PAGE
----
Judge Russel Canan will decide this week between two starkly different interpretations of Albrecht Muth's competence to stand trial: Is he a lying narcissist or a delusional liar?
Muth, who is being held at St. Elizabeths mental hospital, is charged in the . The couple lived in a townhouse on Q Street in Georgetown until Drath’s murder.
Whether he'll be able to face charges for that crime, though, is something upon which medical experts have yet to agree.
During a five-hour first day of a competency hearing Monday, the prosecution offered a short audio clip of a conversation between Muth and Dr. Robert Phillips, who for months has argued Muth is competent to stand trial.
In the recordings, Muth can be heard maintaining his assertion that he is an Iraqi Brigadier General is “the singularly biggest objective that I have in these proceedings.”
He said it is partially critical for his own vanity, but also it is important for his legal defense. He maintains his wife’s death was the result of a botched “hit” directed at him by Iranian agents.
From his conversations with Muth and evaluation of other information, Phillips said he disagrees with previous evaluations by St. Elizabeths' doctors that Muth was delusional and not competent.
"Mr. Muth's fabrications are all in service of a very goal-oriented circumstance," explained Phillips, one of two doctors that shared the same opinion with the court in August.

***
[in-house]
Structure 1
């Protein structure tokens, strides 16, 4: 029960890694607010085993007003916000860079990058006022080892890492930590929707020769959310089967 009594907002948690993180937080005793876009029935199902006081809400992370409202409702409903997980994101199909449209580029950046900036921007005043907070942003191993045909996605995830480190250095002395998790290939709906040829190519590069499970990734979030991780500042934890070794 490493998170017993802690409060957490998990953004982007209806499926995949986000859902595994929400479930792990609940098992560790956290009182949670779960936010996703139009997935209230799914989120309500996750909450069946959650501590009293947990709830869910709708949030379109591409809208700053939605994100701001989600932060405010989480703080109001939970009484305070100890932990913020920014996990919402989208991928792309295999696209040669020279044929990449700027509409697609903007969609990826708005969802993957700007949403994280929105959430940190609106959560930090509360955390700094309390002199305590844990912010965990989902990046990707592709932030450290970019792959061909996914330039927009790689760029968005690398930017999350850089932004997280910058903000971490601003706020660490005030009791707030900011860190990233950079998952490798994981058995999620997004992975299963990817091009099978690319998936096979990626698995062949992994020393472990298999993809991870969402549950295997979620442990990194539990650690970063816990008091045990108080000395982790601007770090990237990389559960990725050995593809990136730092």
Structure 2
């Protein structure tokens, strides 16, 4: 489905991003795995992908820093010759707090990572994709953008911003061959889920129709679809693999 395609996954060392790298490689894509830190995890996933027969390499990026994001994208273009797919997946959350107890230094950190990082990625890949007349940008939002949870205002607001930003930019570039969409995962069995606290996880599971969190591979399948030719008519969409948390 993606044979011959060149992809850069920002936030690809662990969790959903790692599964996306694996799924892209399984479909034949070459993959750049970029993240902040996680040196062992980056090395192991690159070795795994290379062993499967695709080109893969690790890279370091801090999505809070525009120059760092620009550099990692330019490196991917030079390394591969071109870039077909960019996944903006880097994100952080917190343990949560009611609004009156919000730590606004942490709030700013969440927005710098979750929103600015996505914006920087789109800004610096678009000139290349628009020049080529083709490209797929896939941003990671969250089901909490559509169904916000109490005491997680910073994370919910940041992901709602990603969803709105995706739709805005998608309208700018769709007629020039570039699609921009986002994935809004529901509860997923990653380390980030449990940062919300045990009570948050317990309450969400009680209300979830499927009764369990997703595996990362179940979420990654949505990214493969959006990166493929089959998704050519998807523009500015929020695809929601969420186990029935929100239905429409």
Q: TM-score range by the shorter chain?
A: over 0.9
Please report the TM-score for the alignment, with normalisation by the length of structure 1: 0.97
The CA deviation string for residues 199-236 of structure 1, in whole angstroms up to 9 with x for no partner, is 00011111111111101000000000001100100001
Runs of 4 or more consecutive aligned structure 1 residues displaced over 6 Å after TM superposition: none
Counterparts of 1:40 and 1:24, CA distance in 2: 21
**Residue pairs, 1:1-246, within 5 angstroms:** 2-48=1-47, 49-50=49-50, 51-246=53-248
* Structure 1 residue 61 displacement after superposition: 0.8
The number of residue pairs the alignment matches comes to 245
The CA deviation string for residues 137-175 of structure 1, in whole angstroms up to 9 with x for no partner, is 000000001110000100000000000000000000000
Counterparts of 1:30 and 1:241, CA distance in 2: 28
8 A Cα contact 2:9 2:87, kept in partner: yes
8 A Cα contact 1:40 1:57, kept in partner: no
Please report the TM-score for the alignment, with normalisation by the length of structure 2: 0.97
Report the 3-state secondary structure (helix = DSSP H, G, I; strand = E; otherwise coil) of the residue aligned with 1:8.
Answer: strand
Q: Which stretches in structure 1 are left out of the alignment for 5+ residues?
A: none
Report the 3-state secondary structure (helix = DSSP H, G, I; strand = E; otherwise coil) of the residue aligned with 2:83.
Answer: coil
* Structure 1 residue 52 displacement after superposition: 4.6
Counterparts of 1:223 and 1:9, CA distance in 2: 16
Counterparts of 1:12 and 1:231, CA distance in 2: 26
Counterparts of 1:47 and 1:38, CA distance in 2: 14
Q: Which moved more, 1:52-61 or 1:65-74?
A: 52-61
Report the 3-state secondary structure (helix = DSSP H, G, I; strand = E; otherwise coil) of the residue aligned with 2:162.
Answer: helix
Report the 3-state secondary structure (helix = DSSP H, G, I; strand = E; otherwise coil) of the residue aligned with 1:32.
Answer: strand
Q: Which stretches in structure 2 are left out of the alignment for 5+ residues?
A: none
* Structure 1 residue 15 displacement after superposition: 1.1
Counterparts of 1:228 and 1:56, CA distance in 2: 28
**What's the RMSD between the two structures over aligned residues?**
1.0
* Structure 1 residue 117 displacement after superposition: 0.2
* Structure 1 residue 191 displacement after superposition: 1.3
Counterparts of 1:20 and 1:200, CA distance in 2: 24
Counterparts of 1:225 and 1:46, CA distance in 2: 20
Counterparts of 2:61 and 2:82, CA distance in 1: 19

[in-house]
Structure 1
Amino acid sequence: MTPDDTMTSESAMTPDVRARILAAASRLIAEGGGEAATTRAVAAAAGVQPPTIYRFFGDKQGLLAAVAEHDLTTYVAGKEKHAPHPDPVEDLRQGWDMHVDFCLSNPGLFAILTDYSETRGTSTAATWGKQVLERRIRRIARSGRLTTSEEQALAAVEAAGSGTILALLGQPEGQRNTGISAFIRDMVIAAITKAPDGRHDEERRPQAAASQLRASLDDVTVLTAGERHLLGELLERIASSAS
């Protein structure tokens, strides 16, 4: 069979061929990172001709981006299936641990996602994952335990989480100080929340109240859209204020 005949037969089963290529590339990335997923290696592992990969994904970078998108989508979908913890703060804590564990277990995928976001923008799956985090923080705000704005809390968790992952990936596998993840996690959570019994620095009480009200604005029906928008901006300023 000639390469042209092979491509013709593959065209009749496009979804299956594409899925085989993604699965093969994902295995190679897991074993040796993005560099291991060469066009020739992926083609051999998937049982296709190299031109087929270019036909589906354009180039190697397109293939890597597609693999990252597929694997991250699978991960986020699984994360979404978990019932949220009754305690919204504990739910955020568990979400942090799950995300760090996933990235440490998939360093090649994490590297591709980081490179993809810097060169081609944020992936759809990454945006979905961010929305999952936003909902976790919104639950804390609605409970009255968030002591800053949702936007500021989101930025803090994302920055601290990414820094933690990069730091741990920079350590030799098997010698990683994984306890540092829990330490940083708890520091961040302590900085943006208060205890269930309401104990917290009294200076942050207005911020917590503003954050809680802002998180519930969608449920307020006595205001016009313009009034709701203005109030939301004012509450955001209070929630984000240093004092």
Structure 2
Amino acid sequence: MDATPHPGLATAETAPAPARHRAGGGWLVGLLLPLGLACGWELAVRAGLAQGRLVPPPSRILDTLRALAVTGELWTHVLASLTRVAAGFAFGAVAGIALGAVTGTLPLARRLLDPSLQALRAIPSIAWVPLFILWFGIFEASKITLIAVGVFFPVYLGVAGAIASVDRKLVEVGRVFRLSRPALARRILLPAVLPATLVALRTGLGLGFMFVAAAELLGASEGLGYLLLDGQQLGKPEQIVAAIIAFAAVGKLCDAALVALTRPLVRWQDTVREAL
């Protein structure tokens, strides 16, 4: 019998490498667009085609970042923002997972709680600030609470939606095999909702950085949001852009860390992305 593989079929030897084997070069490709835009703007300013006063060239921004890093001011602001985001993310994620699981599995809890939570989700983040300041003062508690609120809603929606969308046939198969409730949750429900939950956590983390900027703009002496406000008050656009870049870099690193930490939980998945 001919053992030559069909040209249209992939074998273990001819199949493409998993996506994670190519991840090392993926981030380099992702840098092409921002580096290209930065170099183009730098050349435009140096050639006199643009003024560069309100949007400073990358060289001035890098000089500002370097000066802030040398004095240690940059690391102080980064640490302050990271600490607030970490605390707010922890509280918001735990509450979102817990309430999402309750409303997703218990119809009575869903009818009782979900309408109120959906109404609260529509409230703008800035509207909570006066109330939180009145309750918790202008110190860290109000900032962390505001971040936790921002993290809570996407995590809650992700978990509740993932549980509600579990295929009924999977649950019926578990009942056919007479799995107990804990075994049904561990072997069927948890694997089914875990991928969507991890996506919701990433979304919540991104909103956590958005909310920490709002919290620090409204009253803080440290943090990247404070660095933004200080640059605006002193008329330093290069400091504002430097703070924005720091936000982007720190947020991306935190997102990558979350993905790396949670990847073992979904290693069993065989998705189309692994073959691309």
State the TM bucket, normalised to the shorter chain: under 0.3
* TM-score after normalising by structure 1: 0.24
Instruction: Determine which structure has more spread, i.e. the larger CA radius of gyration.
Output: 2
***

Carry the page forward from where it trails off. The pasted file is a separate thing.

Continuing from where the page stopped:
St. Elizabeths doctors changed their evaluation telling the court Muth was fit for trial in September.
Muth's determination to model himself as an Iraqi General in court was a "clear choice" on his part and one that was made by weighing a variety of information, Phillips said.
"I don't think there is any question that he has a rational understanding of the evidence in this case," Phillips said.
But an expert witness for the defense Monday said he categorically disagreed.
"He can be delusional and a liar and I think he is both," said Dr. Shawn Agharkar, an expert brought in by Muth's defense team.
Muth's delusional obsession with being an Iraqi general renders him incapable of assisting counsel in his own defense, Agharkar said.
Though an alternate defense exists — that much of the evidence in the case appears to be circumstantial — Muth "never shows that he can consider another defense theory," Agharkar said.
He "can't make a volitional choice [of another defense] because [his proposed defense] is born of the delusion," Agharkar said.
Proving he is an Iraqi general is more important to Muth than a viable defense and that, Agharkar said, is evidence in itself of his delusion.
But Phillips said Muth's fixation on proving he is an Iraqi general is part of a "con" for his own "emotional benefit," and not based on delusion. Muth does not fit any of the "diagnostic models" typically used by psychologists to label behavior, Phillips said -- perhaps because "we do not have a label for lying."
The prosecution will wrap up its cross examination of Agharkar 9:30 a.m. Tuesday and then the defense will have an opportunity to cross-examine Phillips before additional experts take the stand.
The process is expected to last several more days.
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